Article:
British holidaymakers staged an unprecedented mutiny - refusing to allow their flight to take off until two men they feared were terrorists were forcibly removed.

The extraordinary scenes happened after some of the 150 passengers on a Malaga-Manchester flight overheard two men of Asian appearance apparently talking Arabic.

Passengers told cabin crew they feared for their safety and demanded police action. Some stormed off the Monarch Airlines Airbus A320 minutes before it was due to leave the Costa del Sol at 3am. Others waiting for Flight ZB 613 in the departure lounge refused to board it.

The incident fuels the row over airport security following the arrest of more than 20 people allegedly planning the suicide-bombing of transatlantic jets from the UK to America. It comes amid growing demands for passenger-profiling and selective security checks.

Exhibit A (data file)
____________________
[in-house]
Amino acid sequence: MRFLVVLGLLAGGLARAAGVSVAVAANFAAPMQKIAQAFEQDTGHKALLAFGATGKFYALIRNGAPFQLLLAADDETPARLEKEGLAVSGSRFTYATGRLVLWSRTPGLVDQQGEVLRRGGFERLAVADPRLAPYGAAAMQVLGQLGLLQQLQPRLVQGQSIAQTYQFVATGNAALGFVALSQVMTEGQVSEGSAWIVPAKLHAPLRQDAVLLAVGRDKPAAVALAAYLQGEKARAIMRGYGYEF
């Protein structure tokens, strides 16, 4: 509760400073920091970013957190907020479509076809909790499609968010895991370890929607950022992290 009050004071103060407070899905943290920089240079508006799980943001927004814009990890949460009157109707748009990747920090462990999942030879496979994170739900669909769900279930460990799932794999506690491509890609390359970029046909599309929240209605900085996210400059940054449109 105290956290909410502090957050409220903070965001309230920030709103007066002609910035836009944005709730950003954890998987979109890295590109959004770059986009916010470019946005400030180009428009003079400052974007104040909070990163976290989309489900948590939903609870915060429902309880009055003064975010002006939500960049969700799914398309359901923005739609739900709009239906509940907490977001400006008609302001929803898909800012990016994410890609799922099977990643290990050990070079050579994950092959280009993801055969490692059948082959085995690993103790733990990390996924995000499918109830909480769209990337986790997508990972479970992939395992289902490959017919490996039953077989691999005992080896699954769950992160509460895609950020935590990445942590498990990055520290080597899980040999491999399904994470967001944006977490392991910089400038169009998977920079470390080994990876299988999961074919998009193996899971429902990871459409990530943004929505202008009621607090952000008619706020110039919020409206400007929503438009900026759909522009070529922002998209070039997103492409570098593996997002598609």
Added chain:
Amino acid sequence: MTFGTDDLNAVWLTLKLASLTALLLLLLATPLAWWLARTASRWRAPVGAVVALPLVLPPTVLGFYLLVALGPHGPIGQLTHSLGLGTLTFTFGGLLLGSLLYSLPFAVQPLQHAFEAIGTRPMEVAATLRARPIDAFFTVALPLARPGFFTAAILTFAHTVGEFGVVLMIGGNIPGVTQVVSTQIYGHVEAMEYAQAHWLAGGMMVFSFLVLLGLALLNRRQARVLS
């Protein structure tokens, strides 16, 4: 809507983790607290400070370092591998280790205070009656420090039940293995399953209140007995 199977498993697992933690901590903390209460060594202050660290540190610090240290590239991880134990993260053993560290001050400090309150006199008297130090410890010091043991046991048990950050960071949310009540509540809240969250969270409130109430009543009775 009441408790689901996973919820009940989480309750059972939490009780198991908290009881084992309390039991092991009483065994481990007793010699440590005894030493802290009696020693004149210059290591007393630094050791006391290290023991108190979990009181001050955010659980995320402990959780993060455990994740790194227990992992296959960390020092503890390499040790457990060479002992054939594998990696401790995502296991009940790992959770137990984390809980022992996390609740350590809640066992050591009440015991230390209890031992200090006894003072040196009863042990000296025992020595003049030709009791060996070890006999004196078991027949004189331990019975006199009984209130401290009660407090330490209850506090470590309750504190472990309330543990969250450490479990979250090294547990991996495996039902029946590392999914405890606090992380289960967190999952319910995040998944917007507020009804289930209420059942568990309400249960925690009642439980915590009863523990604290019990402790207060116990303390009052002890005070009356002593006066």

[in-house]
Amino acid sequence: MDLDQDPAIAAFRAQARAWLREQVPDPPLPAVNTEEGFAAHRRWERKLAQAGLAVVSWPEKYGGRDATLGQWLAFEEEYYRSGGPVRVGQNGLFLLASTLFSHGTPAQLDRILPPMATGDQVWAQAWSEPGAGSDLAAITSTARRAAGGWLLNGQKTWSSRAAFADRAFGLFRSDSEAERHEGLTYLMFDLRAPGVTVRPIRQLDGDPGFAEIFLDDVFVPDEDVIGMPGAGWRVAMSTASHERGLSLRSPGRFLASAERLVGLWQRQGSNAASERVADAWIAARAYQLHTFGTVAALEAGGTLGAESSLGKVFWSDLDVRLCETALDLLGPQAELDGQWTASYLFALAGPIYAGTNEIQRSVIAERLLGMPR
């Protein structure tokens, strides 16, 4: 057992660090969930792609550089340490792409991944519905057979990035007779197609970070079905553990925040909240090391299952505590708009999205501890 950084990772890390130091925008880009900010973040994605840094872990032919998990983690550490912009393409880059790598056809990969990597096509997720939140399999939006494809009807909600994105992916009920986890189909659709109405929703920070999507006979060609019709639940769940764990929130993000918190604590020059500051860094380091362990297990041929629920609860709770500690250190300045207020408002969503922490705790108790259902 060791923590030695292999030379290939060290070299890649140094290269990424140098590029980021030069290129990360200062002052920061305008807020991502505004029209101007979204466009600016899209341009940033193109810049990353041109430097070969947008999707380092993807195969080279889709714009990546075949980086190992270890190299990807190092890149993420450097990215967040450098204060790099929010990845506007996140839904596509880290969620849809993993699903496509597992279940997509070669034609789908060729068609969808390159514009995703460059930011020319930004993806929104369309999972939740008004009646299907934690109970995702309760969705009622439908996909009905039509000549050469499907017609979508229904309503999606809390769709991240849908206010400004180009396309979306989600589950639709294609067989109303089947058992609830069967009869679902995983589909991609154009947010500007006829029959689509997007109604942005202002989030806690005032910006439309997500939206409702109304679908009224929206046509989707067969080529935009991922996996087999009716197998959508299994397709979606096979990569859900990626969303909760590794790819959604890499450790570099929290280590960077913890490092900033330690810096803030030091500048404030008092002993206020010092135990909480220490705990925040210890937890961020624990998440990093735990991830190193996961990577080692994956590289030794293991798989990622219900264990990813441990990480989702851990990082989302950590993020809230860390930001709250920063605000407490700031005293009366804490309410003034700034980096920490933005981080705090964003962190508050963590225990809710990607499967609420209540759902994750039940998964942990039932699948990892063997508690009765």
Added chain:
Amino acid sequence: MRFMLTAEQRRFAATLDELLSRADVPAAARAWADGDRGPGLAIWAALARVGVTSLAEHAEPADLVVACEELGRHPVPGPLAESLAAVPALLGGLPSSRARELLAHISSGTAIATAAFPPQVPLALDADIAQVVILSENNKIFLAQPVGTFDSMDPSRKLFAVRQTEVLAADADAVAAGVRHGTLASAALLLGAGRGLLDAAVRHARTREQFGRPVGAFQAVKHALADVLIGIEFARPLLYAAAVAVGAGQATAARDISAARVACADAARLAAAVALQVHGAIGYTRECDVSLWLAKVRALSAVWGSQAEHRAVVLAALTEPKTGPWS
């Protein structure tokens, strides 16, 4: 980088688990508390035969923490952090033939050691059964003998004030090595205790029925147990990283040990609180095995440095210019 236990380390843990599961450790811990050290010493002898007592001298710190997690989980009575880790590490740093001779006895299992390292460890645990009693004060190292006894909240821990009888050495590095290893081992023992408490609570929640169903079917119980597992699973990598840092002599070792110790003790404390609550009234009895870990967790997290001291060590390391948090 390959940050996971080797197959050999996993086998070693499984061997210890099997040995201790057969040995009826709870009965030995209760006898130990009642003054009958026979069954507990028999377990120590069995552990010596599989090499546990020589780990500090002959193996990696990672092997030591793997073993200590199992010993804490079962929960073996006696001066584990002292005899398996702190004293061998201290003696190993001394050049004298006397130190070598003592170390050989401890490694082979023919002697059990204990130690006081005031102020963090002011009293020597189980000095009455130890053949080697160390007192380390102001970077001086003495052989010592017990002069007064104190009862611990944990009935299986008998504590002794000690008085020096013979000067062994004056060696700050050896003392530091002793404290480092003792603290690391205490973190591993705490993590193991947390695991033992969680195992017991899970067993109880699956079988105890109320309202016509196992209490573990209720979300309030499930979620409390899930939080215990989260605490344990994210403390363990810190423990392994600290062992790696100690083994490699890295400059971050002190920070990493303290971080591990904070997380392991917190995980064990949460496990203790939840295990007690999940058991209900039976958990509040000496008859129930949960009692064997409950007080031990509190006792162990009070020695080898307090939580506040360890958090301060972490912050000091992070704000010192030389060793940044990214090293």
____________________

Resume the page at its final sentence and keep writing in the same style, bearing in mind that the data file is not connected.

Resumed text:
It also raised fears that more travellers will take the law into their own hands - effectively conducting their own 'passenger profiles'.

These incidents have started to spike in the wake of the successful exposure of a massive plot in the UK against the airlines. British travelers have decided, ironically, that the government has not done enough to screen for terrorists and have lost confidence in air service as a result. This will lead to dramatic market reactions; either people will stop flying, or they will take security into their own hands. The perceived lack of security will make it harder for Muslims to travel (the British reference to "Asians" usually means Pakistanis or Arabs).

After 9/11, every flyer understands that they are targeted by terrorists and have to remain vigilant. This message has been reinforced over and over again by the governments themselves. Common sense dictates that people will act in their perceived self-interest in any case, and that means people will remain highly suspicious of Arabic men traveling together -- and more so when they act strangely. In Malanga, the two wore heavy clothing despite the heat and kept checking their watches. That was enough to make them unwilling to risk a flight with the two men, and they applied the pressure necessary for the airline to eject the two.